‘We want to believe that it is the same nature which compensates such a terrible year with wines so extraordinary’Making red and white Bordeaux blends in vats carved out of rocks high up in the Catalan Pyrenees doesn’t make the wine better, it makes it different. That’s the view of acclaimed winemaker Raül Bobet, formerly of Torres Spain, who set up his own project, Castell d’Encus, in 2001.
The initial aim was to find a place in Spain that would mitigate the effects of climate change. Now it is to make benchmark mountain wines in the most sustainable way possible.
Castell d’Encus is based in the northern part of DO Costers del Segre, in the Pallars Jussà, with vineyards at altitudes between 800 and 1,200m. Up in the mountains, Raül also found nine large holes chiselled in the rocks – holes that 12th century monks created to ferment grapes.
These Romanesque hermitage holes, which vary in depth from 1.2 to 3m, have three levels and can take between 2 and 7 tonnes of destemmed grapes. Raül has brought them back to life for natural al fresco fermentations and appreciates the way the wine takes up trace elements from the sandstone during the process.
“They help us to convey more complexity to our wines,” Raül tells Canopy. “They assure the wild yeast since they are outside fermenters. On the other hand, the temperature remains on the low zone because heat exchange outside is important at night.”
Teaming this ancient technology with modern-day thinking, biodynamic farming, extensive research, experimentation and respect for the environmental, Raül produces a very distinctive range of fresh and complex wines from non-indigenous grape varieties, including Cabernet Sauvignon, Cabernet Franc, Merlot, Pinot Noir, Syrah, Petit Verdot, Sauvignon Blanc, Riesling, Semillon and Albariño. He is also experimenting with Chardonnay and Black Garnatxa (a Grenache variant) here, while at his project in Priorat, with friend Sergi Ferrer-Salat, he vinifies Mediterranean varieties such as Cariñena and Garnacha.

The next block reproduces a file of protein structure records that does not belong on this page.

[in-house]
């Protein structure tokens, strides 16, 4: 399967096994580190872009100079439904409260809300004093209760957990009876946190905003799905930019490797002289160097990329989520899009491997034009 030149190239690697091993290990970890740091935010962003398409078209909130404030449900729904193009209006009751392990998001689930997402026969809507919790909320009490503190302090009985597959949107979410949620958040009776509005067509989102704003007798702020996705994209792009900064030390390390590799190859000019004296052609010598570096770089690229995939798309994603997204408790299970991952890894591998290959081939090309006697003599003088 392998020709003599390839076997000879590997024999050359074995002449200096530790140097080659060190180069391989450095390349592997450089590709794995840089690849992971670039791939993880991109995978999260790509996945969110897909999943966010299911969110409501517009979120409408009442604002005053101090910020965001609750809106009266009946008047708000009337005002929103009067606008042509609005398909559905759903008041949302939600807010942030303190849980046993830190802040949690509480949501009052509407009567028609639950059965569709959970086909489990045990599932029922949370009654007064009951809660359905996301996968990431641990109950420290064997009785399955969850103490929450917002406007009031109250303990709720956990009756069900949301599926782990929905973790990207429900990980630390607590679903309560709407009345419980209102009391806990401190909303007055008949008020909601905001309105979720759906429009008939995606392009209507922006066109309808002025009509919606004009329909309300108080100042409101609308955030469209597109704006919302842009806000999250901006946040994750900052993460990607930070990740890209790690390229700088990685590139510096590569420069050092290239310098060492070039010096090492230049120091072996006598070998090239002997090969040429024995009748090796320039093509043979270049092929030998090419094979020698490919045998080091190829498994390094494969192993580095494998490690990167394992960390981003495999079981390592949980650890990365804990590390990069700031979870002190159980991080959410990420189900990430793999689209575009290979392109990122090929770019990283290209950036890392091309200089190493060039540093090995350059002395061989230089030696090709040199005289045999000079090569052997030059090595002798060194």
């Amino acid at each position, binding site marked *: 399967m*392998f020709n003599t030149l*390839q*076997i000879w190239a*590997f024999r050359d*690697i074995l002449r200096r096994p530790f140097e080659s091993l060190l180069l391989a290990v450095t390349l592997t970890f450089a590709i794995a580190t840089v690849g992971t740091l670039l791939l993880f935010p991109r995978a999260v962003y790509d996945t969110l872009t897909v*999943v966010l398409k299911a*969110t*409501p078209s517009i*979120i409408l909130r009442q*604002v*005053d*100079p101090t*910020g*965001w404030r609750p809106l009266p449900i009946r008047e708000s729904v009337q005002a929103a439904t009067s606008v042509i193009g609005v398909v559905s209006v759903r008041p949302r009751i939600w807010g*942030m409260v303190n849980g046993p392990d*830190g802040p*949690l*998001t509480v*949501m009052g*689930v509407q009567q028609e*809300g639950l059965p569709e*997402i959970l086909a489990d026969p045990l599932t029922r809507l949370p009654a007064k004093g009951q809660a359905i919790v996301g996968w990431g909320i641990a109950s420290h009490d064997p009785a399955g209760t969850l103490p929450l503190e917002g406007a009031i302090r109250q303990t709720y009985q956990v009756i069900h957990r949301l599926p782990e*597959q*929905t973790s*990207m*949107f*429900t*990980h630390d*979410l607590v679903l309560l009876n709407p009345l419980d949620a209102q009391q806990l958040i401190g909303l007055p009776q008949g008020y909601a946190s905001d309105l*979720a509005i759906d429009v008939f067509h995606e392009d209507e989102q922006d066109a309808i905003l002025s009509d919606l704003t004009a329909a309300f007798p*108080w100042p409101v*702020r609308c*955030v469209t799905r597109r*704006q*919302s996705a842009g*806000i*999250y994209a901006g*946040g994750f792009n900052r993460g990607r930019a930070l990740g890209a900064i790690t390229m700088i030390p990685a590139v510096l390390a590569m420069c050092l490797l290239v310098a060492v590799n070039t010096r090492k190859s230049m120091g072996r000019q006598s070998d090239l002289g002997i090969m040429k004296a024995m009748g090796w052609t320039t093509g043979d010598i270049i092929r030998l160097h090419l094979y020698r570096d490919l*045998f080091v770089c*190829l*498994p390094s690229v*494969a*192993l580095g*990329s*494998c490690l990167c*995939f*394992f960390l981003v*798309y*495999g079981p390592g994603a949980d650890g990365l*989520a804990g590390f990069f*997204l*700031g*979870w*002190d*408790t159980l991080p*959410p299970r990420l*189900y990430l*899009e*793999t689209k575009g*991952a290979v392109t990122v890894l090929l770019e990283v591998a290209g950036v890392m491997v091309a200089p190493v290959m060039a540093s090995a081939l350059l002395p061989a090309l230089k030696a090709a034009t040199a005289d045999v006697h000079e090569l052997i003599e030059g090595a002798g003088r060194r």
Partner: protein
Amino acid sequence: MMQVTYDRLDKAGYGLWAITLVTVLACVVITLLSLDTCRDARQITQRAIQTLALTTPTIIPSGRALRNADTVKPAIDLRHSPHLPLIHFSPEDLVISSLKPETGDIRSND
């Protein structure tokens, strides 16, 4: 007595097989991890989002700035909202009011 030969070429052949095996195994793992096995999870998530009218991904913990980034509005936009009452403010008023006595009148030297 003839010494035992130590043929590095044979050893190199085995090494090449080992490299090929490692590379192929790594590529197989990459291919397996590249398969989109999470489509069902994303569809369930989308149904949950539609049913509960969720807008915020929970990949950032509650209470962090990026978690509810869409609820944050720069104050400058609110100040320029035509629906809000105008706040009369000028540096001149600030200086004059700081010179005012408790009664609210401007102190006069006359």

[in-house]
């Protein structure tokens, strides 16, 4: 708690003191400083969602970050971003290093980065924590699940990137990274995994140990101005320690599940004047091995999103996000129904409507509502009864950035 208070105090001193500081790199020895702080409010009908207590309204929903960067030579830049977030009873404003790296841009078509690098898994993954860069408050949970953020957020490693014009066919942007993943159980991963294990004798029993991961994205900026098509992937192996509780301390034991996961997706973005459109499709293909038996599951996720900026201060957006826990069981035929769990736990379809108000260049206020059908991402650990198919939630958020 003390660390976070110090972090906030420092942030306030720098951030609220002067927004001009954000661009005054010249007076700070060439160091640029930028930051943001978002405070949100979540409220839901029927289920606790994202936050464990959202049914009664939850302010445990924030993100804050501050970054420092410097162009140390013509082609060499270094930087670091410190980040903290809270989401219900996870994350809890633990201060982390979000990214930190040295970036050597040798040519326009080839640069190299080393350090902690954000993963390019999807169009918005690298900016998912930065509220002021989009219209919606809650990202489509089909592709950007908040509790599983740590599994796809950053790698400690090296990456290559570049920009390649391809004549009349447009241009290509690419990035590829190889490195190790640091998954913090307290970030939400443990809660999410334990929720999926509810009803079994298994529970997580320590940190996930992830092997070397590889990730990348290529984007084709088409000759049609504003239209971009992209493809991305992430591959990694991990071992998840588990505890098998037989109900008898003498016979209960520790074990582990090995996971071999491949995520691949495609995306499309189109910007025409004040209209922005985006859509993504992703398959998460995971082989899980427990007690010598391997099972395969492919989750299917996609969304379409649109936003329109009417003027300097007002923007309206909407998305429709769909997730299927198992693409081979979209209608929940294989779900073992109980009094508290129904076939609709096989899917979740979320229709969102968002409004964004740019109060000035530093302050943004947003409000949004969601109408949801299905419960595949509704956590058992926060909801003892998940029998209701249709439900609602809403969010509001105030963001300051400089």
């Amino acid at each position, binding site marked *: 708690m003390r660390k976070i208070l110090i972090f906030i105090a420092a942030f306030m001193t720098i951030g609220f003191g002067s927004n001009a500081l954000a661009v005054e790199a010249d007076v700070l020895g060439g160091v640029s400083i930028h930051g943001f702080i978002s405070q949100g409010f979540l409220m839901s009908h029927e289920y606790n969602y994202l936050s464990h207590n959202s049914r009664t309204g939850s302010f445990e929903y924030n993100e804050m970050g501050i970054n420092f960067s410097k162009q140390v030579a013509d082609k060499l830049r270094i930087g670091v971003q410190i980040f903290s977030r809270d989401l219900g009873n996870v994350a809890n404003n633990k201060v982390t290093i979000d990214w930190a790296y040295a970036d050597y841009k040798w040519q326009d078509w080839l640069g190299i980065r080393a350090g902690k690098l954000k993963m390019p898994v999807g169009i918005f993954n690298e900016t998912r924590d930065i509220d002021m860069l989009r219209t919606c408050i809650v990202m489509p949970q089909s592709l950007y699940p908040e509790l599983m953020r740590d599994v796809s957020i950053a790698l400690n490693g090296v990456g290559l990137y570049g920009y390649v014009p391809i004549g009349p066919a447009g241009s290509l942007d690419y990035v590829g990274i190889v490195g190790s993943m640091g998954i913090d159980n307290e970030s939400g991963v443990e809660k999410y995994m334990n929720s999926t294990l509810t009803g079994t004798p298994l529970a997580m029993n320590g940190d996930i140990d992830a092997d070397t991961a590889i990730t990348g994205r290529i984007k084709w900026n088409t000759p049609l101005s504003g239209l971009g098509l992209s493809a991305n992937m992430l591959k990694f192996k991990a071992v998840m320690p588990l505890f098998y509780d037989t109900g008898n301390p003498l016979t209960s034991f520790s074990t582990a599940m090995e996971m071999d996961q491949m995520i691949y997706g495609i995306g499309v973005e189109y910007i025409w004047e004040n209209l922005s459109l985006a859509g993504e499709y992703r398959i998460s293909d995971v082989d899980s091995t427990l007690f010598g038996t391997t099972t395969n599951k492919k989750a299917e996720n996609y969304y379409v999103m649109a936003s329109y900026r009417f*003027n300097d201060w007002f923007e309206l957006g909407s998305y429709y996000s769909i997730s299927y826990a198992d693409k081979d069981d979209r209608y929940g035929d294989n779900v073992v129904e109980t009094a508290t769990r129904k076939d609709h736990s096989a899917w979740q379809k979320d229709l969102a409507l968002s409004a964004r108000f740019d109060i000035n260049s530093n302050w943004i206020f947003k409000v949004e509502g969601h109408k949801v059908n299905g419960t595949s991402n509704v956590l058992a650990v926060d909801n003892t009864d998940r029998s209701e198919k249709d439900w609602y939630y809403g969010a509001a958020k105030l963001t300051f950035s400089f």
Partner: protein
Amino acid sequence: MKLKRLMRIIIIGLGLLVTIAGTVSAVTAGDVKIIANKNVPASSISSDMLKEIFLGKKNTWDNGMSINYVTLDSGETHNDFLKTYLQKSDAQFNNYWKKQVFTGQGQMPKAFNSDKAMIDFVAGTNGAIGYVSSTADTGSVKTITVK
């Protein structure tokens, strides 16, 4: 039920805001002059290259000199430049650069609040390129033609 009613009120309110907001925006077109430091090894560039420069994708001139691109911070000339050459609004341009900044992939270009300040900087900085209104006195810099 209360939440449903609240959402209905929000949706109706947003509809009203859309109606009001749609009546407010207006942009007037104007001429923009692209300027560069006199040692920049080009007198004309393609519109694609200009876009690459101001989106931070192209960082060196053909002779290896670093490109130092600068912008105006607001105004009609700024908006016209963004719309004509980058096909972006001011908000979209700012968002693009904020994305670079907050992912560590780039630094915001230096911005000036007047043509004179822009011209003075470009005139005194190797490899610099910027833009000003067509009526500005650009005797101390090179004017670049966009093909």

At the large Castell d’Encus estate, only 22ha are planted with vines. The rest is dense woods. With other estates, such as Santa Engràcia and Vall Fosca, the total surface planted with vines comes to about 30ha.
Canopy caught up with Raül after his 2020 vintage, which he describes as “exceptional” and “unique in all senses”. He says he escaped the rains and mildew that blighted other regions in Spain. “In our area, Pallars, the summer temperatures have been very mild, so the grapes have not been touched by the fungus, keeping very good acidity, good skin texture and a very balanced phenolic ripeness,” he says. “The grapes have arrived at the cellar very healthy without any rot problems. All this will result in a wine with good freshness, great concentration and elegance. An excellent vintage, to keep in the cellar, which will need some time to develop its full potential.”
He adds: “Probably 2020 vintage will be the best vintage ever we have made at Castell D’Encus. We know that it is difficult to believe that 2020 could be the best year of something. We work in very tight contact with nature and we want to believe that it is the same nature which compensates such a terrible year with wines so extraordinary as the ones we will have… We will keep this vintage in our memories forever.”